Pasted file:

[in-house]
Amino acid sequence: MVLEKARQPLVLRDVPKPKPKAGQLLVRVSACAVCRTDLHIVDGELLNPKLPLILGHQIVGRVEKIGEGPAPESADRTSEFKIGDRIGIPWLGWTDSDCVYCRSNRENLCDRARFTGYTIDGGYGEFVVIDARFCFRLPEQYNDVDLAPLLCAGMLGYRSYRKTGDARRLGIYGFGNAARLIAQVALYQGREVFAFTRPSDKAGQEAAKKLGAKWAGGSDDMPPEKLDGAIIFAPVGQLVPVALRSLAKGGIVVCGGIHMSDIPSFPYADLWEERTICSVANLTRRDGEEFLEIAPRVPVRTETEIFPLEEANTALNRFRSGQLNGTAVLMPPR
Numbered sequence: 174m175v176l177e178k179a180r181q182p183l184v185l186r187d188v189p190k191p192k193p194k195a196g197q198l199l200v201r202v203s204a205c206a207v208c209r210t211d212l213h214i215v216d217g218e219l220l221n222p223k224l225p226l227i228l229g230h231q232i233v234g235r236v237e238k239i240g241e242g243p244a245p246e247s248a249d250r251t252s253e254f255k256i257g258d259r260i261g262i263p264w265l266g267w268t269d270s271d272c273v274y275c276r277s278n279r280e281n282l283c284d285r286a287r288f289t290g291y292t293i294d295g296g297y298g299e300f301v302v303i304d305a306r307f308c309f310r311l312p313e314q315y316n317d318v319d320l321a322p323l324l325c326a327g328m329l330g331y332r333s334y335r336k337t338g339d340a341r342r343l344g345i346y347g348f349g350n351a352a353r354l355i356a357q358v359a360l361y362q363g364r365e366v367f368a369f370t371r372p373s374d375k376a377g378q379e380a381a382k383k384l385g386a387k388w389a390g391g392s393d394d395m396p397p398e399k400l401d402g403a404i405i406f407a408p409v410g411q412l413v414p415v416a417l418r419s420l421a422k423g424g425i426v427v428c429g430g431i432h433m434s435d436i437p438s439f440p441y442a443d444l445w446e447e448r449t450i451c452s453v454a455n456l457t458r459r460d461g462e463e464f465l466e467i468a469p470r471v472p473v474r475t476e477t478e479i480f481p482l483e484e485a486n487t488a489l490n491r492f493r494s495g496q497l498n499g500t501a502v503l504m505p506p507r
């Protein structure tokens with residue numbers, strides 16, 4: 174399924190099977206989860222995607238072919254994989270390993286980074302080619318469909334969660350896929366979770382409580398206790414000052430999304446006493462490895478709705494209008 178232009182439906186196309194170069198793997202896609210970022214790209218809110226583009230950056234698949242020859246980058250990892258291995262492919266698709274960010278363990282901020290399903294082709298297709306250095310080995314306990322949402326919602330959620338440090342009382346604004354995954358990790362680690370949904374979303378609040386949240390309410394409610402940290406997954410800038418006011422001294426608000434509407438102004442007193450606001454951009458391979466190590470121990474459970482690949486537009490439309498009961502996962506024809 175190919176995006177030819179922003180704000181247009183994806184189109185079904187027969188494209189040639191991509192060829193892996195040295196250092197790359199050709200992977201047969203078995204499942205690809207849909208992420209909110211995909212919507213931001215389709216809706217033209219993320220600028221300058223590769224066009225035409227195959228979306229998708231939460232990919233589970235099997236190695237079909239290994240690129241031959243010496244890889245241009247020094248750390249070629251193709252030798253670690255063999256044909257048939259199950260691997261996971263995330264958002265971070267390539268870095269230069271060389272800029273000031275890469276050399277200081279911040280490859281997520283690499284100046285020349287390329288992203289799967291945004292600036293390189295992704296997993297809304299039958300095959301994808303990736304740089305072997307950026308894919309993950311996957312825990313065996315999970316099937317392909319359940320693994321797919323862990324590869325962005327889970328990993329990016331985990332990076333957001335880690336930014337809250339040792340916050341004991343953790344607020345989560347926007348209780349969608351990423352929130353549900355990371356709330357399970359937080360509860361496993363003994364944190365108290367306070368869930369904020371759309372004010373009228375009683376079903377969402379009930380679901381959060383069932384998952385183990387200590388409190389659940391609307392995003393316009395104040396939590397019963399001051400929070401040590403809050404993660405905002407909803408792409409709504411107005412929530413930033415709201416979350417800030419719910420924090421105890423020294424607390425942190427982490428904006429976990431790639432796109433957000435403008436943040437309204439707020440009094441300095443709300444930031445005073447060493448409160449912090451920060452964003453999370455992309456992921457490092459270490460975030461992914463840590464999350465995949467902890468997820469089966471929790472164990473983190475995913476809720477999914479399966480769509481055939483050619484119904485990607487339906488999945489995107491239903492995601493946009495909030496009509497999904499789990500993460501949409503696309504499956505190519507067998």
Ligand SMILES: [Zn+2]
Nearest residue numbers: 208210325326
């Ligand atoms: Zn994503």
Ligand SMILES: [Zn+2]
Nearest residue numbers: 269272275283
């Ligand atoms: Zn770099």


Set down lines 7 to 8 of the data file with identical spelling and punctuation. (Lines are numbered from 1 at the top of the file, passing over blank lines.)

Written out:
């Ligand atoms: Zn994503």
Ligand SMILES: [Zn+2]